>>>>Centaur BB, and took it by the bike shop to have them break it loose.
    >>>
    >>>When
    >>>
    >>>
    >>>>they did, water poured out on the floor. I looked underneath the BB and
    >>>
    >>>on
    >>>
    >>>
    >>>>the chainstays, and there are no drain holes.
    >>>>
    >>>>First, I avoid riding in the rain, but I occasionally get caught in it.
    >>>>Next, it appears there are some decent size holes around the water

    >
    > bottle
    >
    >>>>mounts.
    >>>>
    >>>>The bike has had about 2000 miles of opportunity to collect water, so

    >
    > how
    >
    >>>>did it get in? How should I get it out, and how should I keep it out?
    >>>>
    >>>>
    >>>>PS - it's an all-aluminum frame, if you want to suggest drilling...
    >>>>
    >>>
    >>>I would suggest drilling a small hole in the bb shell, and then plugging

    >
    > it
    >
    >>>with a rubber plug or stopper, a good place to look for a plug would be

    >
    > an
    >
    >>>auto parts store, Or even a home / harware store. It is definatley not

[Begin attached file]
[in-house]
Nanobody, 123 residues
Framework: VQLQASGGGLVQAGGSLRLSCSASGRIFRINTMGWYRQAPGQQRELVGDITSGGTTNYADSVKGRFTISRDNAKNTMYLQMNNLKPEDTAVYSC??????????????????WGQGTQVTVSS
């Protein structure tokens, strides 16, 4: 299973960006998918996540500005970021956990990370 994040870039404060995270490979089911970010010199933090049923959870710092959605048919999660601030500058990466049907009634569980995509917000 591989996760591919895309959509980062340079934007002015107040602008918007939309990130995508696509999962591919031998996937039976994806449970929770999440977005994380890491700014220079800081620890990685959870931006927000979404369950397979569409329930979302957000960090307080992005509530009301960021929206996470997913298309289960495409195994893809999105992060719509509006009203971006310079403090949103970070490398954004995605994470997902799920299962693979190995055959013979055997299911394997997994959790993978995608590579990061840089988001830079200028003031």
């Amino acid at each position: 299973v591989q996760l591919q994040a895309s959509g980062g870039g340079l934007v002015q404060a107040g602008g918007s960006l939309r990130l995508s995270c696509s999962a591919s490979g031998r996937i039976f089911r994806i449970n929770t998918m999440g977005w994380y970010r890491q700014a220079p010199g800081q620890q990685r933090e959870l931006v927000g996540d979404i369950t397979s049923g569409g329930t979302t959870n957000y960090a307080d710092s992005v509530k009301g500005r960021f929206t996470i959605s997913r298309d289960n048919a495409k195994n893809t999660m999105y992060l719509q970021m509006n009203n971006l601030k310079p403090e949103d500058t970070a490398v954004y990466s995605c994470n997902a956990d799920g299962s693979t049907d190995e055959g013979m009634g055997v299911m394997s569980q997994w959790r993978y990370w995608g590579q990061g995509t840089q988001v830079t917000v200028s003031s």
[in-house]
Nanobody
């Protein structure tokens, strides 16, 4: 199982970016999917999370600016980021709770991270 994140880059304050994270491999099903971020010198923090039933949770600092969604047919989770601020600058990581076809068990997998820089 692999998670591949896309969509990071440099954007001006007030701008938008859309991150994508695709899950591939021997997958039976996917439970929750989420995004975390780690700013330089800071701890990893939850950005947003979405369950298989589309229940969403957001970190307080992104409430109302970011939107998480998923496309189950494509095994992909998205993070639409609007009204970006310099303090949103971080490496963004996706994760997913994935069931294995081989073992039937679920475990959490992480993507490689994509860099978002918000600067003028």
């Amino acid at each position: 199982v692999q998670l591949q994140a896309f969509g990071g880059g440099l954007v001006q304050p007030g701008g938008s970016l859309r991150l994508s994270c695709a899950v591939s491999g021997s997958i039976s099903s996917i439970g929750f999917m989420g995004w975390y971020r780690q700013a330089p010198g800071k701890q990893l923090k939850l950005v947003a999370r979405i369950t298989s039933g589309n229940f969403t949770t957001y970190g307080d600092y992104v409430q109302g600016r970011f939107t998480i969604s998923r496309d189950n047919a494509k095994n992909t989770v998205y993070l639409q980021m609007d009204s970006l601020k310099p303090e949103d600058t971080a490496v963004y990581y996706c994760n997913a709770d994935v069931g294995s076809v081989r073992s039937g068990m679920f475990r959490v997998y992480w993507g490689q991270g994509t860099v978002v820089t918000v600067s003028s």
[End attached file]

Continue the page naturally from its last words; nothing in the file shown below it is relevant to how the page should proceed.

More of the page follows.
>
    > good
    >
    >>>to be storing water in your frame.
    >>>
    >>>Ken
    >>>

    >>
    >>
    >>Why plug it? Gravity will do fine.
    >>
    >>Lou
    >>--

    >
    > Well yeah for draining, but you wouldn't want road grime and dust / dirt
    > getting up in there.


    That's no problem with a cartridge bottom bracket. Leave the hole open
    so you can't forget to unplug it.

    Lou
    --
    Posted by news://news.nb.nu
     
  9. Tom Sherman

    Tom Sherman Guest

    Dave Thompson wrote:

    > ...
    > Water can also accumulate via condensation; storing the bike in a cool
    > place, taking it to a warm environment and then returning to a cool place. A
    > hole in the bottom bracket and occasional removal of the seat for several
    > days when not using the bike will allow water to escape. Or you could keep
    > your bike in the house which may piss off the wife, but you won't have
    > condensation problems! <grin>


    You could trade in your wife for a cycling compatible model.

    --
    Tom Sherman - Earth (Downstate Illinois, North of Forgottonia)
     
  10. A Muzi

    A Muzi Guest

    > "PatC" <[email protected]> wrote in message
    > news:[email protected]
    >>I recently replaced my Capy Centaur 53/39 with a compact. I had the funky
    >>Centaur BB, and took it by the bike shop to have them break it loose.
    > > When
    >>they did, water poured out on the floor.

    -snip-

    Ken Marcet wrote:
    > I would suggest drilling a small hole in the bb shell, and then plugging it
    > with a rubber plug or stopper, a good place to look for a plug would be an
    > auto parts store, Or even a home / harware store. It is definatley not good
    > to be storing water in your frame.


    What's the plug for?